Four years (and counting) after Canterbury Tales, Washington DC-based filmmakers Adele Schmidt and José Zegarra Holder have finally released the fourth instalment in their Romantic Warriors series, simply titled Krautrock. In fact, this documentary marks the beginning of a series within the series – a trilogy dedicated to the German progressive scene of the late Sixties and early Seventies.

Among the myriad subgenres in which progressive rock has splintered almost 50 years from its inception, Krautrock is probably the one that most fully deserves the definition of “acquired taste”. In fact, for many “traditional” prog fans Krautrock has more or less the same appeal as RIO/Avant – that is to say, not very much at all. In terms of sheer “difficulty”, Krautrock can beat any but the most complex forms of RIO/Avant hands down. People who love the ambitious scale of traditional prog, but at the same time crave melody and a judicious sprinkling of hooks, will view a lot of Krautrock as unmitigated noise.

In terms of sheer innovation, however, Krautrock leaves most British-style progressive rock in the dust. Nothing in the prog pantheon even remotely approaches the genuinely radical attitude of those seminal Krautrock artists who emerged at the tail end of the Sixties, upending rock conventions and introducing elements into the rock fabric that went beyond European folk and classical music. Light years ahead of their time, they experimented with things that would have been too far-fetched even for the likes of King Crimson, and that some RIO/Avant bands such as Henry Cow would only attempt a few years later. This explains the subgenre’s enduring popularity with musicians who otherwise look at prog with disdain: name-dropping Can, Neu! or Kraftwerk among your influences is definitely cooler than mentioning Yes or Genesis, or even King Crimson.

That being said, Krautrock IS an acquired taste, and the bands and artists featured in the film do nothing to dispel that notion. A lot of Krautrock does not make for easy or even comfortable listening, and might be defined as the kind of music that people find more admirable than truly enjoyable. However, it is hard to deny its vitality, its groundbreaking power. Even the movement’s rather dubious name – based on what amounts to an ethnic slur – seems to be worn with a sort of defiance, emphasizing the music’s uniquely German nature as opposed to the slavish imitation of anything coming from the English-speaking world. The DVD’s minimalistic artwork  aptly complements Krautrock’s unique mix of austerity and intensity, running counter to the whimsicality of “standard” prog as embodied by Roger Dean’s stunning fantasy landscapes.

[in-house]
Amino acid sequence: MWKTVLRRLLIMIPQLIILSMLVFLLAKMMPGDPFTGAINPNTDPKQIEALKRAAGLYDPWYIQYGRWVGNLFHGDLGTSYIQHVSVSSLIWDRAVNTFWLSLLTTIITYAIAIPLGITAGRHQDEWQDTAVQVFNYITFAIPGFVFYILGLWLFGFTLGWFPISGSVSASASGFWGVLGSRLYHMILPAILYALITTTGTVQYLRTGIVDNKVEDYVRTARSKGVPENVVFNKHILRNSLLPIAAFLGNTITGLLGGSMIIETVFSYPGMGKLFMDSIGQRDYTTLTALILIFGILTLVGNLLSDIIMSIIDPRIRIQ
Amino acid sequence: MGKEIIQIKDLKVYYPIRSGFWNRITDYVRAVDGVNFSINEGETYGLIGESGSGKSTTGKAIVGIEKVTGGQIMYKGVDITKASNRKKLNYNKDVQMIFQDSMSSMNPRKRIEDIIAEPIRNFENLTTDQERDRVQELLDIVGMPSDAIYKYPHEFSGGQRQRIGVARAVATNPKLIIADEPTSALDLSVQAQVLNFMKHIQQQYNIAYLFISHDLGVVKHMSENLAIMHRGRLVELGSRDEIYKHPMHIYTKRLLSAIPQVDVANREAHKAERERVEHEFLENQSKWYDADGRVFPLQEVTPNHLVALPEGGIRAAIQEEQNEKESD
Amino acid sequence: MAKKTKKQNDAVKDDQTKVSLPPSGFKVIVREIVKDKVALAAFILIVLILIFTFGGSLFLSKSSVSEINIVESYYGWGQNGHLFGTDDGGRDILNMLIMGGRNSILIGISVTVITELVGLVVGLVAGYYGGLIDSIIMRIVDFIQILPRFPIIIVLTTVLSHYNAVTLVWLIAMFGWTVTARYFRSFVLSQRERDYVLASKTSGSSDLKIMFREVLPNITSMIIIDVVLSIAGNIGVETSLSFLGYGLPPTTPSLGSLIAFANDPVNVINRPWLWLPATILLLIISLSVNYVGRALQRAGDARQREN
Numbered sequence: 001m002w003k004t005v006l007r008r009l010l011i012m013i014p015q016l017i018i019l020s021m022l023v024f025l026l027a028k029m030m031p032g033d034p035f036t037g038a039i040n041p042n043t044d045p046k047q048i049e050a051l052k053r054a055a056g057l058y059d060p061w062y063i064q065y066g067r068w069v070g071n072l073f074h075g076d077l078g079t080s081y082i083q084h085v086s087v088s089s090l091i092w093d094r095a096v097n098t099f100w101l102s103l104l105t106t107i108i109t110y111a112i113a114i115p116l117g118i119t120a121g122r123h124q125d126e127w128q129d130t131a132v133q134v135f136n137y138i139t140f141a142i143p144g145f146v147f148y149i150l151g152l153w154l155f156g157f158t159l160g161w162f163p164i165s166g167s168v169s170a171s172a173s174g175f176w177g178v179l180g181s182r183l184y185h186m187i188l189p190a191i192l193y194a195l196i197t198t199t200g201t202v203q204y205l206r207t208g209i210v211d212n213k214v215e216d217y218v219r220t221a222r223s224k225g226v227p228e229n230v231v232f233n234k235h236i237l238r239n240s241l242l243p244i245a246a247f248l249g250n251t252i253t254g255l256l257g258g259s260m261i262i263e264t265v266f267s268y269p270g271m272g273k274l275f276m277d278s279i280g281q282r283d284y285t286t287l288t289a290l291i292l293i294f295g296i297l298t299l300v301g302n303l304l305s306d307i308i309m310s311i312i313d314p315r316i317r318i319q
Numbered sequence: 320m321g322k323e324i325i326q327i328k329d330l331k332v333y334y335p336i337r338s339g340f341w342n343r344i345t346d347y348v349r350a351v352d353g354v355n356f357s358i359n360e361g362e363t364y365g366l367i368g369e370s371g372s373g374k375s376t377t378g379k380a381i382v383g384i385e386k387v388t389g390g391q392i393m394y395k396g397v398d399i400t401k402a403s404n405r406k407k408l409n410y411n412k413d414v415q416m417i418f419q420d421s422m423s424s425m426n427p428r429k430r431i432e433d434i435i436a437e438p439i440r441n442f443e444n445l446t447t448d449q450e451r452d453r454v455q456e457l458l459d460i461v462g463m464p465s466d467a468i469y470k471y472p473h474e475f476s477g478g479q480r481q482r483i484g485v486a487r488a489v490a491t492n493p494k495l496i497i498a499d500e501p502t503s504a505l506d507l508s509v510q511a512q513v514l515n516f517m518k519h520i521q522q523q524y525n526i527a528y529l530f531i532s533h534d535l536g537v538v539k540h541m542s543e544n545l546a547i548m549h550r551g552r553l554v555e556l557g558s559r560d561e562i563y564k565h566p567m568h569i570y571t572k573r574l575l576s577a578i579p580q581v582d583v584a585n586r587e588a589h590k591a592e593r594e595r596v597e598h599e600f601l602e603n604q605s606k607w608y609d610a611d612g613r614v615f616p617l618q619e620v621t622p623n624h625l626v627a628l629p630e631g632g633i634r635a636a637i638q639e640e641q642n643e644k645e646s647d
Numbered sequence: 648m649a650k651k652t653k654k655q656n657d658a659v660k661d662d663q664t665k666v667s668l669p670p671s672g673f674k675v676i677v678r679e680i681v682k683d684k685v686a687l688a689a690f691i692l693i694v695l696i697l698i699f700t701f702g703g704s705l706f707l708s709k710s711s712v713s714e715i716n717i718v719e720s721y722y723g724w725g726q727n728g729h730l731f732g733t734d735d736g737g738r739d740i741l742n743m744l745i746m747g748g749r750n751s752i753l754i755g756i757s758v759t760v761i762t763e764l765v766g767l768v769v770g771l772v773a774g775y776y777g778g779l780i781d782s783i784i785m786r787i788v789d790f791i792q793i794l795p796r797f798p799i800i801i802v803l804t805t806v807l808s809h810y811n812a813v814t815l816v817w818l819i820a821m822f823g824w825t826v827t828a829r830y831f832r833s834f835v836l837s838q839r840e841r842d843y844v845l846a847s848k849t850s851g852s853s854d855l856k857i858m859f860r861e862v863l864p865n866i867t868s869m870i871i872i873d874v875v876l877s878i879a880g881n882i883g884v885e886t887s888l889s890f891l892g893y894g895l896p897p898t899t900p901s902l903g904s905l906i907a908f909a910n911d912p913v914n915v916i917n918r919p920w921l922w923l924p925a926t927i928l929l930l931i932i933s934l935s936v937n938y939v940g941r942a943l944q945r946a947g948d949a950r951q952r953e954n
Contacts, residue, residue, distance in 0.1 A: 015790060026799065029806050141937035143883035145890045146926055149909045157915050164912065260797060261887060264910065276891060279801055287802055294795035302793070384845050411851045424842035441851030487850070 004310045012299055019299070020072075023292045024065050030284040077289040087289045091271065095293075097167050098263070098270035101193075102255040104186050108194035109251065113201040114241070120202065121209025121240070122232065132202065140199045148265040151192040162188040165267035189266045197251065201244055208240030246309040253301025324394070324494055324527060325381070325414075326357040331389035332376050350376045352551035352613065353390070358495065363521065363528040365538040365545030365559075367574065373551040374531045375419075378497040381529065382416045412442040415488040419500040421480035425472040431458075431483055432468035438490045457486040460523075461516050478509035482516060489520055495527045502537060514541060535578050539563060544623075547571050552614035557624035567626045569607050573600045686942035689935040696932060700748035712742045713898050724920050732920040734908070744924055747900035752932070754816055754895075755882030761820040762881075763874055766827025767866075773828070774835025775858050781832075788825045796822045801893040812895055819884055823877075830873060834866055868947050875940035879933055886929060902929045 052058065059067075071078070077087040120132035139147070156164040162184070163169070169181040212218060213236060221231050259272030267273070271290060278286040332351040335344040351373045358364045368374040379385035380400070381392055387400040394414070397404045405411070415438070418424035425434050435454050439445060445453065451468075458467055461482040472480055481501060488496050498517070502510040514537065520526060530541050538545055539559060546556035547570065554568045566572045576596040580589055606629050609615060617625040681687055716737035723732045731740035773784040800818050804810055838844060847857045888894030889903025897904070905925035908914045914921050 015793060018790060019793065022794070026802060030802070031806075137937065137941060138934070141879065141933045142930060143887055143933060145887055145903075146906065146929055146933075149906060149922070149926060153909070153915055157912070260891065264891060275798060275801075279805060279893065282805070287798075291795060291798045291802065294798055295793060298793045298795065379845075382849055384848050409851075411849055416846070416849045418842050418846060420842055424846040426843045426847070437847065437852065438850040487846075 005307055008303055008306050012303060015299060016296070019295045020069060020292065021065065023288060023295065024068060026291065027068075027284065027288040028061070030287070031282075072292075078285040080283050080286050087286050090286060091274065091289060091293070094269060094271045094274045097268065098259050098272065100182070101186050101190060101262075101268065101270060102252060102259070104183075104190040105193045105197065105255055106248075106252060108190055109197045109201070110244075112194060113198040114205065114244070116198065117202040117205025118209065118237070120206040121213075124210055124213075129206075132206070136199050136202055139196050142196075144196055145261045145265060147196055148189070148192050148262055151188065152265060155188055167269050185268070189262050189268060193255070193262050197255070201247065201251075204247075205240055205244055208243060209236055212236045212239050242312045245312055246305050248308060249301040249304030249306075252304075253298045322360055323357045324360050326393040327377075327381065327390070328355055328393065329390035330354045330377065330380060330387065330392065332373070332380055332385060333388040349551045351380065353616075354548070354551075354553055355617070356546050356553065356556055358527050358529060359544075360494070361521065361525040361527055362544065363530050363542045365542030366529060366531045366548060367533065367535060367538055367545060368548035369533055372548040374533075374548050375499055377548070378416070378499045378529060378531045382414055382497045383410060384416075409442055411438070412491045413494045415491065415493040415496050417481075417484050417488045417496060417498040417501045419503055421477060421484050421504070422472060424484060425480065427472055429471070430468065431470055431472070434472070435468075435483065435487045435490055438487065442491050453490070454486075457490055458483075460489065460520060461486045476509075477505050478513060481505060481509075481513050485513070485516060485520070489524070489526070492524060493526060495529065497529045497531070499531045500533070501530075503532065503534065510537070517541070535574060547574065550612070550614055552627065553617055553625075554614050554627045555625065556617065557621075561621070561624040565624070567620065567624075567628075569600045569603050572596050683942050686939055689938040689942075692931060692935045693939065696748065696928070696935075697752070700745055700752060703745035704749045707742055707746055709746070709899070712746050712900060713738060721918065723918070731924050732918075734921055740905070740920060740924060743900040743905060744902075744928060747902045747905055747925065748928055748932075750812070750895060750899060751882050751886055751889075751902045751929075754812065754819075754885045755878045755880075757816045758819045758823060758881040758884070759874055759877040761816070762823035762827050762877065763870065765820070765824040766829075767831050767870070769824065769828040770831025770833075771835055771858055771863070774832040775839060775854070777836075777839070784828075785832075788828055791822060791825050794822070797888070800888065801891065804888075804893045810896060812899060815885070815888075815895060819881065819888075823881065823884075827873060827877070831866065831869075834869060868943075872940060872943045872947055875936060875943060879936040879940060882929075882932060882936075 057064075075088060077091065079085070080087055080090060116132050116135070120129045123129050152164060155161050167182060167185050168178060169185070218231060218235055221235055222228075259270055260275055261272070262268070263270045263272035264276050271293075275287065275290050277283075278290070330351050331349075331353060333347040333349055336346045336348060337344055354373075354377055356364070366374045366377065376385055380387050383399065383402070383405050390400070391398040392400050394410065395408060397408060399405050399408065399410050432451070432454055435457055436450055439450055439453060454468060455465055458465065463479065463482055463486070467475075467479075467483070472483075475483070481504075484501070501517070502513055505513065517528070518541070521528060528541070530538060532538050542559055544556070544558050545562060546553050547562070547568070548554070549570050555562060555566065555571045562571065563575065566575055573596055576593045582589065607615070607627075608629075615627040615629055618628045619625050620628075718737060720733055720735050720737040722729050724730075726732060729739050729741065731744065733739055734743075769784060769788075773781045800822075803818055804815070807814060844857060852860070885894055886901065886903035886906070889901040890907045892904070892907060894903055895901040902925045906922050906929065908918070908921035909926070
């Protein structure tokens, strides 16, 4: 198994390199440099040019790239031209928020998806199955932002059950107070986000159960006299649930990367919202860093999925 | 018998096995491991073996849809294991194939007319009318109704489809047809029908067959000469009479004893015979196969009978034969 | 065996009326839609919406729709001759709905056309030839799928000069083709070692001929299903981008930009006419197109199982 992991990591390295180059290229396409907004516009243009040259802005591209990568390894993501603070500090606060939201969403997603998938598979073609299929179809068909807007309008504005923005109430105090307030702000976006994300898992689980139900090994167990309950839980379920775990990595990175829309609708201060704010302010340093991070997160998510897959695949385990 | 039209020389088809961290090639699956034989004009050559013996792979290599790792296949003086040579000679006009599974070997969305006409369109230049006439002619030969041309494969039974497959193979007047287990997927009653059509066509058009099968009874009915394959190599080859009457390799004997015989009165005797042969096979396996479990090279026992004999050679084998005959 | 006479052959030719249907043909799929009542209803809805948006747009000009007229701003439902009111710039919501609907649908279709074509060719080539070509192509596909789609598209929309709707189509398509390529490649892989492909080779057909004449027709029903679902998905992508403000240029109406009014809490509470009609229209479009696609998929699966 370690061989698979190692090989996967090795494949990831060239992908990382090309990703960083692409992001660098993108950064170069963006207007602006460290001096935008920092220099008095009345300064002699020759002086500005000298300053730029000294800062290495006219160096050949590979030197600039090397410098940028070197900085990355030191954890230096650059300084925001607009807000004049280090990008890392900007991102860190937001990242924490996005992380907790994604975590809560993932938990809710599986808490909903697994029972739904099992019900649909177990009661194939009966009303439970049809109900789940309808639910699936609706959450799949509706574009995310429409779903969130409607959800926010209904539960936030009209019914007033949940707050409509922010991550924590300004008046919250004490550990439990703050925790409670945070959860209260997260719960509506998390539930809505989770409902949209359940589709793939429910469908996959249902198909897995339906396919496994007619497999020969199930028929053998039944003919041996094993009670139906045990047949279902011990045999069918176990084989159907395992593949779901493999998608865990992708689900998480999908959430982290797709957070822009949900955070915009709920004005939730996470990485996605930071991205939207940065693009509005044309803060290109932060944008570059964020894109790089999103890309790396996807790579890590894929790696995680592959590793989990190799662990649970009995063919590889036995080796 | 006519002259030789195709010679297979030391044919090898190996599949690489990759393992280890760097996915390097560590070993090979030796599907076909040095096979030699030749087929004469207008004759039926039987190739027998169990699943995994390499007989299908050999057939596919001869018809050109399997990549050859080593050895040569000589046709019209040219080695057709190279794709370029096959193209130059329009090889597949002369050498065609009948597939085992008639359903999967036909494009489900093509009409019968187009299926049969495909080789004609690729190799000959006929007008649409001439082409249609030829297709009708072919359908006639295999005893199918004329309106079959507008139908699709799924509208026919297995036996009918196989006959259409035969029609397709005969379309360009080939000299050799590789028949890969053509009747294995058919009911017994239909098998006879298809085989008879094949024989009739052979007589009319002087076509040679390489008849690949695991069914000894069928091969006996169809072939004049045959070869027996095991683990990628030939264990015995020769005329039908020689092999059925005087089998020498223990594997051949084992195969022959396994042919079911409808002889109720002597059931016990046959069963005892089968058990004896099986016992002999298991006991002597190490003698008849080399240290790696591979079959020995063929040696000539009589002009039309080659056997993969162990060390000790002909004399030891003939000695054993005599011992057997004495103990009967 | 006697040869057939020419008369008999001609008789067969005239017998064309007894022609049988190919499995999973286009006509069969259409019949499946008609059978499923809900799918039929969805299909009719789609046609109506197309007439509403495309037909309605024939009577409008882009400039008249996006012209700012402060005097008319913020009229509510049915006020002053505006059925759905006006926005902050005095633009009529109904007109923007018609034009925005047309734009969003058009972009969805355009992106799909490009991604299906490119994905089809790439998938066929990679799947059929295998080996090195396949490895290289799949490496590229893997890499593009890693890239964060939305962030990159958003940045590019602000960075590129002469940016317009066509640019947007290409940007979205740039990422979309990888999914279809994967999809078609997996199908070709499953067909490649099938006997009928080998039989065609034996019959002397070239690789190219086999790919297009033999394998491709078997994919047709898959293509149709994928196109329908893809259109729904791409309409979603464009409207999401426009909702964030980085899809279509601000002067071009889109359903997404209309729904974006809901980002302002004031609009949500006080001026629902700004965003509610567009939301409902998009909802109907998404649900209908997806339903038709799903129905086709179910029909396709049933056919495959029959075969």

Though the bands examined in the first instalment of the Krautrock trilogy did not actually sound like each other at all, they shared a similar attitude towards music-making – as well as an intent to break free from the pervasive influence of British and American rock. On the other hand, with the exception of some of the protagonists of the Düsseldorf scene – such as iconic drummer Klaus Dinger – artists from the same hometown hardly ever collaborated from each other. On the other hand, the presence of non-German musicians – Malcolm Mooney (from the US), Damo Suzuki (from Japan), Jean-Hervé Peron (from France) – highlights the international outlook of the Krautrock scene, in contrast with the insularity of British prog.

With a nice touch, and a nod to Germany’s massive contribution to Western culture, the film opens with the words of Wolfgang Goethe, one of the undisputed icons of German culture,. The description of the coming of spring works as a metaphor for the changes brought to a staid musical scene by this bunch of musical bomb-throwers. It also reflects the reality of a country that was still rebuilding itself – and its reputation – after having been left in ruins at the end of WWII. The serene beauty of the Rhine at Cologne, dominated by the cathedral’s majestic Gothic towers,  the neat and orderly city streets, the verdant countryside all provide a modern foil for the palpable restlessness animating those young people born shortly after (or even before, as in the case of Can’s founders) their country’s disastrous defeat.